5 Olympic Speaker Selection Mistakes

Posted by Vince Poscente on Wed, Jul 25, 2012 @ 11:21 AM

Olympic Speaker

The media scambles over themselves during 17 days to get "their story." Between the medal count and crafted storylines some newly minted Olympic speakers supercede their 14 mintues of fame. For months after the Olympic Games event planners make assumptions about bringing in an Olympic speaker. Here are the five most common assumptions that can hurt your future corporate event. The five selction mistakes for your

Olympic speaker:

#1. Big Names Draw Attendees. FALSE. This number one assumption is everywhere. Assuming a gold medal Olympian speaker will draw attendees has proven to be false. In a recent study commissioned by the National Speakers Association - there is little correlation between big names and attendee draw. Solution: Invest in great speakers (who don't have to be celebrities) then use video clips plus personal video invitations to drive interest. You will also get bigger numbers next year with a proven speaker this year.

#2 Celebrity Olympic Speakers Can Recreate the Experience. RARELY TRUE. It's tempting to name names but it's really not the Olympic speaker's fault. It's the planners who assume the story they remember from the Olympic games can create the same expereince at the event. Hire a newly famous gold medalist and you will normally get a speech that is underwhelming. There are exceptions - those are the exceptional Olympian presenters who are still speaking today (and even then there are painful exceptions). Solution: Hire an Olympic speaker who can recreate an Olympic experience.

#3. The Interview Format Works Best. SERIOUSLY? Sure, it's better than leaving an unexperienced Olympic speaker out on stage, alone, fumbling with what to say. But these planners have forgotten the number one rule in event planning - the experience is paramount! You've spent tens of thousands of dollars to ultimately watch an Olympic speaker sit in a chair and talk about themselves. Mildly interesting is not the goal of any event planner. Solution: Hire an Olympic speaker who engages the audience eye to eye. Look for an Olympian who is a professional at connecting compelling content to powerful story telling.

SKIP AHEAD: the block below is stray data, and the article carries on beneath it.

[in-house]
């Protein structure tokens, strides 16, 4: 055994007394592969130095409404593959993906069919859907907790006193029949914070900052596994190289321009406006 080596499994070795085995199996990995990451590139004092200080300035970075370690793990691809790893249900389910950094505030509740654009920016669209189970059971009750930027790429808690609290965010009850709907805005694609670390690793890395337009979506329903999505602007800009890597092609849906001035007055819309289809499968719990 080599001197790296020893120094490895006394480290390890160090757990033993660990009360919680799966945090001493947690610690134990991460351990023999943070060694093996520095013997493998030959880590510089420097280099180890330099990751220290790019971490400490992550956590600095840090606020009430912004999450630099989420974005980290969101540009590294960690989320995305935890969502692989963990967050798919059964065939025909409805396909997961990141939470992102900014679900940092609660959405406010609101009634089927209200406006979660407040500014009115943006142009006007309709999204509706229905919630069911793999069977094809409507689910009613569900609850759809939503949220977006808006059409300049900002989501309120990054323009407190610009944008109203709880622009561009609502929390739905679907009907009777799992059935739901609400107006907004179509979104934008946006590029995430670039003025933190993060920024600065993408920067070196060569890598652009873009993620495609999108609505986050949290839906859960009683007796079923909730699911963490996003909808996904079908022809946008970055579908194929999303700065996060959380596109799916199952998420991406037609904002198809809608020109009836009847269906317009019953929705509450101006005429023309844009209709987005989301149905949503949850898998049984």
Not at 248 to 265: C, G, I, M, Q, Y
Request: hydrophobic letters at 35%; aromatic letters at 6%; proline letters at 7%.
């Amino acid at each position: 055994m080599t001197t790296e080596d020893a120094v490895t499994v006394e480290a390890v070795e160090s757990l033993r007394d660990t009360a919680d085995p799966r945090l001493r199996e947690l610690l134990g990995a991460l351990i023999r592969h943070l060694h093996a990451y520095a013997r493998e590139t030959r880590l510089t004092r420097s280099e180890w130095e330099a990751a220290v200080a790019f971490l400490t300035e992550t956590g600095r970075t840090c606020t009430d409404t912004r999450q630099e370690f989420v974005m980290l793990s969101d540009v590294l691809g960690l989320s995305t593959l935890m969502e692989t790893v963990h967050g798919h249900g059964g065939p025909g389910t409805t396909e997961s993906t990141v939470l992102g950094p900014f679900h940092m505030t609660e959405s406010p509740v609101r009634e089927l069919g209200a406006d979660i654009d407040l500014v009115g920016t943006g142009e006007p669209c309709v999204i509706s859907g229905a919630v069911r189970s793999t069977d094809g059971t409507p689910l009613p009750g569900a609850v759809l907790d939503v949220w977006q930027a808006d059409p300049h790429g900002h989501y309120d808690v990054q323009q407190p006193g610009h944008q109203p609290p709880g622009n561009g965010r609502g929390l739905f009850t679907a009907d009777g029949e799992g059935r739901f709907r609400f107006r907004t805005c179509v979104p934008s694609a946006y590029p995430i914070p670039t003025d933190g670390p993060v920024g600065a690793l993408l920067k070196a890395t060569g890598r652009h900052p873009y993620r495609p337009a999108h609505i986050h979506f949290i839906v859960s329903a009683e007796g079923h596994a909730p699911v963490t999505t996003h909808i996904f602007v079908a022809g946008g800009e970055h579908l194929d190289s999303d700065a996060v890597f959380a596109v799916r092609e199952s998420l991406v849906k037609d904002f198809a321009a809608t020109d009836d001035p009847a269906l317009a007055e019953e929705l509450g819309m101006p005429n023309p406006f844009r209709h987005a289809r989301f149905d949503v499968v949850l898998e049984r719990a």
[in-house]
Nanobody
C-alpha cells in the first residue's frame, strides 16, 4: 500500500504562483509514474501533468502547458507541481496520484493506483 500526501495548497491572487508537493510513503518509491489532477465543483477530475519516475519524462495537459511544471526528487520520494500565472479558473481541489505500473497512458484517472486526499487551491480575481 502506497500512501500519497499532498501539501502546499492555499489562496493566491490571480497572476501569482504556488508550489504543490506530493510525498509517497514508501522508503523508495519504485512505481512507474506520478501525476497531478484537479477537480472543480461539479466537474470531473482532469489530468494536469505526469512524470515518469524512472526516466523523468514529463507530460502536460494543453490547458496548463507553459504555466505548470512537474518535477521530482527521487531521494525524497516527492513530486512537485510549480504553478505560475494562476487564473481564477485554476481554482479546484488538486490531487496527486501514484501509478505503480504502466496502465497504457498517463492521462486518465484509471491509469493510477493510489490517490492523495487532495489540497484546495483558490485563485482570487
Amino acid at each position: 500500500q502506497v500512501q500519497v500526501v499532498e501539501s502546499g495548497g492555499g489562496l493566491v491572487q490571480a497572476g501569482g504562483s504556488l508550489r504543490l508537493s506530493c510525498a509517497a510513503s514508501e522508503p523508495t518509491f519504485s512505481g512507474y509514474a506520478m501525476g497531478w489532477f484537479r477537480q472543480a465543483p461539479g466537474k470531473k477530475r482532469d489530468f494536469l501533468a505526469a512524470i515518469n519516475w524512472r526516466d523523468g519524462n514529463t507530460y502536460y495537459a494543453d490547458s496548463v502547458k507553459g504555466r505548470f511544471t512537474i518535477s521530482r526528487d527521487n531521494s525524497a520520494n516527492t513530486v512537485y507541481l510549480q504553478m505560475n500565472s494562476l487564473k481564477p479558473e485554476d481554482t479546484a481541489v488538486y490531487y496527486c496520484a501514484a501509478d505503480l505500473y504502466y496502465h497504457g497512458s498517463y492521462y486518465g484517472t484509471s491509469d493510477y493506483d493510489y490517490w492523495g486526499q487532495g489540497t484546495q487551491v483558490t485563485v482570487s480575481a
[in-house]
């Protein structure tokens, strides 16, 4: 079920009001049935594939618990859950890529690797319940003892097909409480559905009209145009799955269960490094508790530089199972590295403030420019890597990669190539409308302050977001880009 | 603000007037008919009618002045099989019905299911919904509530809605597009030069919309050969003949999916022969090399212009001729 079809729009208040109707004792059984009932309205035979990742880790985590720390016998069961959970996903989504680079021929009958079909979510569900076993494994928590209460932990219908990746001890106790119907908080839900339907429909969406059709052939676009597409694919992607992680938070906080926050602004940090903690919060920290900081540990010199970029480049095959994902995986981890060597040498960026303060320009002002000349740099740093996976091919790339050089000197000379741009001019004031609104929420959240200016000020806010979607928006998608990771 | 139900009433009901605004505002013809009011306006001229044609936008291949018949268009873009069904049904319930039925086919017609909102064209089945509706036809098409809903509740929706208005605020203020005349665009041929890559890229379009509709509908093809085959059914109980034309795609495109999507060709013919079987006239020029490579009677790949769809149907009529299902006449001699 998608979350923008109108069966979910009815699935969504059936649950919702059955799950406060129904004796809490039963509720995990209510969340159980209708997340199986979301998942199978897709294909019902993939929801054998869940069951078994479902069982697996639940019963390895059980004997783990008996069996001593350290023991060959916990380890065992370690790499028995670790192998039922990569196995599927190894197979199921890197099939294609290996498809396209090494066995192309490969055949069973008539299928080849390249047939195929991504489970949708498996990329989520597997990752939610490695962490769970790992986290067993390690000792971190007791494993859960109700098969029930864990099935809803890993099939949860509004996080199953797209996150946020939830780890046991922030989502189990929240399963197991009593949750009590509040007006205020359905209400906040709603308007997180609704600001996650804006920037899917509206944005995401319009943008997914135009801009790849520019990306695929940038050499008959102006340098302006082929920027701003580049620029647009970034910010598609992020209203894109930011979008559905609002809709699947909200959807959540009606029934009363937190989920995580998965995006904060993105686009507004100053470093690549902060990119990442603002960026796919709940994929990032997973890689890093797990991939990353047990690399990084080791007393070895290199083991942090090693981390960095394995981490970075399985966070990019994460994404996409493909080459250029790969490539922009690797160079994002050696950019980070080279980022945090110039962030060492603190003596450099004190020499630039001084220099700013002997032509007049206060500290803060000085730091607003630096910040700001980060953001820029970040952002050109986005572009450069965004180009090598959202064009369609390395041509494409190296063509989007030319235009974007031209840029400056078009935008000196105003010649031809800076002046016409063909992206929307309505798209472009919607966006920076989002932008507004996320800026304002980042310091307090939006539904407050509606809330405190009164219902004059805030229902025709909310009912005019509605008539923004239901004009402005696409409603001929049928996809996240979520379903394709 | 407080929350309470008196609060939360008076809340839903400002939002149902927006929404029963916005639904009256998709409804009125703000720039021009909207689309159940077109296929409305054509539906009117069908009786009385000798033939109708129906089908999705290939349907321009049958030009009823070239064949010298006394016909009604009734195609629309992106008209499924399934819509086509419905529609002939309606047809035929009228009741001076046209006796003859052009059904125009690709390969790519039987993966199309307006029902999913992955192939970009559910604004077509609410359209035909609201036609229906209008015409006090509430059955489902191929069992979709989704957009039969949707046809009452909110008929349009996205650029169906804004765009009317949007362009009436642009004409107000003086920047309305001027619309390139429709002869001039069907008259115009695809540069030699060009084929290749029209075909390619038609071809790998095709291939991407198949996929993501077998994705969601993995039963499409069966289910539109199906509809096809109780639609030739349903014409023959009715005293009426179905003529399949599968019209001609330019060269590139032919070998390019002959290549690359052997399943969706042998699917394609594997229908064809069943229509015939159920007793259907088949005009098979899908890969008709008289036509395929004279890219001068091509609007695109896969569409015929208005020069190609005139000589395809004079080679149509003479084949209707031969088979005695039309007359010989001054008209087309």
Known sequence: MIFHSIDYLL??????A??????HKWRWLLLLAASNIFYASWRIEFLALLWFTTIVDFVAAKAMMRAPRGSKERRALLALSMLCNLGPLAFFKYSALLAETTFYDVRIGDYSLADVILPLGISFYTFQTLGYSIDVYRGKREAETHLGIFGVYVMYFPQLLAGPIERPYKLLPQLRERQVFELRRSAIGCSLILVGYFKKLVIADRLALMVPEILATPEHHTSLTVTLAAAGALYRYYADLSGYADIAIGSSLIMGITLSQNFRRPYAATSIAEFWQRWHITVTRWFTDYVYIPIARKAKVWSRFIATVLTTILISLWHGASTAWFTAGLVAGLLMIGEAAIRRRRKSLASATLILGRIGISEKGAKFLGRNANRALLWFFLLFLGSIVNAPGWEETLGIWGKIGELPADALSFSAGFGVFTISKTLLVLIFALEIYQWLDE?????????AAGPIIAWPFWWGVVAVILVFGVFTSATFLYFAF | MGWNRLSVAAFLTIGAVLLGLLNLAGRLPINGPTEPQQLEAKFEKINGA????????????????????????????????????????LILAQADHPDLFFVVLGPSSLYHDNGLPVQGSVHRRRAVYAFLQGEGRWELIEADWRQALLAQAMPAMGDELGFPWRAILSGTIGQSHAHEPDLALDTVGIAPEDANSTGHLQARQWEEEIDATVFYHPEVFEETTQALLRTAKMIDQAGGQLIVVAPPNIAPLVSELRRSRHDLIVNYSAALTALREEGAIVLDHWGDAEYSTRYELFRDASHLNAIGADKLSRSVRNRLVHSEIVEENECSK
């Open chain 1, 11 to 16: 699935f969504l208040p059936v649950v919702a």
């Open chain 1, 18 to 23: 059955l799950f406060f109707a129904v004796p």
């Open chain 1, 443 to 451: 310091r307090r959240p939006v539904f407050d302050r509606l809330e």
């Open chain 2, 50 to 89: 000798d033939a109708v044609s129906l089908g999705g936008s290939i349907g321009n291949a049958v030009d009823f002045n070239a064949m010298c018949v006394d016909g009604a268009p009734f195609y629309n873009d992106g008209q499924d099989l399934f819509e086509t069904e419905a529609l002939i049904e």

#4. His/Her Olympic Story Will Be Great To Hear. NOPE. Let's recap other Olympic speaker bombs in the past. "I did this. This happened to me. I did that. It was hard work. I didn't give up. I won. You can too." Solution: Hire an Olympic speaker who uses "YOU LANGUAGE." Instead of saying what happened to them, the Olympian presenter should draw people into the story as if it is happening to the audience.

#5. A Gold Medal Means He/She is Good At Everything. This is a pervasive assumption. From experience, I can tell you for a fact, when someone finds out you were and Olympian on the golf course they automatically think you are a great golfer. I'm not. The same can be said for table tennis, canoing, climbing, diving board tricks, waterskiing, cooking... you name it. Your Olympic speaker needs to be previewed before you hire them. Solution: My mom used to say, "When you assume you make an ass of you and me." Don't assume anything about the Olympian's speaking ability. Preview and vet their ability and content. If the content is not innovative or counter intuitive it will be between boring and forgettable at best with your audience.

In the spirit of full disclosure, I did not win in the Olympic Games. But, this turned out to be a HUGE advantage as an Olympic speaker. Why? There were no calls for someone who placed 15th in the Olympics. For years I had to hone my craft at speaking. Multiple speaking awards later (including the Council of Peers Award of Excellence from the National Speakers Association - names include Ronald Reagan, Og Mandino and Zig Ziglar), an opening keynote at MDRT (the Carnagie Hall of speaking) and 17 years of speaking professionally around the world the results can be viewed on this video.  If your newly crowned Gold medalist speaker can do this. Hire them. If they can't, hire someone who can.

An Olympic gold medalist is an automatic Olympic speaker. Yet they rarely have the chops to be a naturally good speaker. With the phone ringing all the time, it doesn't seem to matter they don't speak well. They have little motivation to improve. Motivational speaking isn't their only concern. The five assumptions above are alive and well with far too many meeting professionals.

Enjoy the Olympic Games in London. Then, leave your assumptions in the file cabinet.

Hire and Olympic speaker who can light your people up with wisdom, wit and insight.

Tags: Motivational, Business Leadership, Inspirational